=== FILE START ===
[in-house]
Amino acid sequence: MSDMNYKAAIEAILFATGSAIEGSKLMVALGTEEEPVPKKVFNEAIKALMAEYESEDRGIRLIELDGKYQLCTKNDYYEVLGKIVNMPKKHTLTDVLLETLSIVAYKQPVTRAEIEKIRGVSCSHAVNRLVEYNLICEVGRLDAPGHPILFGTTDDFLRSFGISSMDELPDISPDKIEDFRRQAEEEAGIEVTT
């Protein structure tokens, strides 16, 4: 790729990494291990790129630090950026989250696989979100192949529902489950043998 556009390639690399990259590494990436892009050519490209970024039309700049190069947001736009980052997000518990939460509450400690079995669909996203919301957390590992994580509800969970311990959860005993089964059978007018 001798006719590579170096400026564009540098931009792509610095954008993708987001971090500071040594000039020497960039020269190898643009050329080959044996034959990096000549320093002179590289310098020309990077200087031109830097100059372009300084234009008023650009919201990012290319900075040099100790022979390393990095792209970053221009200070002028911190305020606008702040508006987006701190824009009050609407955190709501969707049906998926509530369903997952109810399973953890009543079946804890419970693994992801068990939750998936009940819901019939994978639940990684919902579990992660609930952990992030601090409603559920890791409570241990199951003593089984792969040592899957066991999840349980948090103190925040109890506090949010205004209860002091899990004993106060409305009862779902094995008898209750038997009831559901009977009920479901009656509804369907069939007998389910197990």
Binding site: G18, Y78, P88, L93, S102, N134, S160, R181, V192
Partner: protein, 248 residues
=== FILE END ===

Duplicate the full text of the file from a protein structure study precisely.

[in-house]
Amino acid sequence: MSDMNYKAAIEAILFATGSAIEGSKLMVALGTEEEPVPKKVFNEAIKALMAEYESEDRGIRLIELDGKYQLCTKNDYYEVLGKIVNMPKKHTLTDVLLETLSIVAYKQPVTRAEIEKIRGVSCSHAVNRLVEYNLICEVGRLDAPGHPILFGTTDDFLRSFGISSMDELPDISPDKIEDFRRQAEEEAGIEVTT
């Protein structure tokens, strides 16, 4: 790729990494291990790129630090950026989250696989979100192949529902489950043998 556009390639690399990259590494990436892009050519490209970024039309700049190069947001736009980052997000518990939460509450400690079995669909996203919301957390590992994580509800969970311990959860005993089964059978007018 001798006719590579170096400026564009540098931009792509610095954008993708987001971090500071040594000039020497960039020269190898643009050329080959044996034959990096000549320093002179590289310098020309990077200087031109830097100059372009300084234009008023650009919201990012290319900075040099100790022979390393990095792209970053221009200070002028911190305020606008702040508006987006701190824009009050609407955190709501969707049906998926509530369903997952109810399973953890009543079946804890419970693994992801068990939750998936009940819901019939994978639940990684919902579990992660609930952990992030601090409603559920890791409570241990199951003593089984792969040592899957066991999840349980948090103190925040109890506090949010205004209860002091899990004993106060409305009862779902094995008898209750038997009831559901009977009920479901009656509804369907069939007998389910197990």
Binding site: G18, Y78, P88, L93, S102, N134, S160, R181, V192
Partner: protein, 248 residues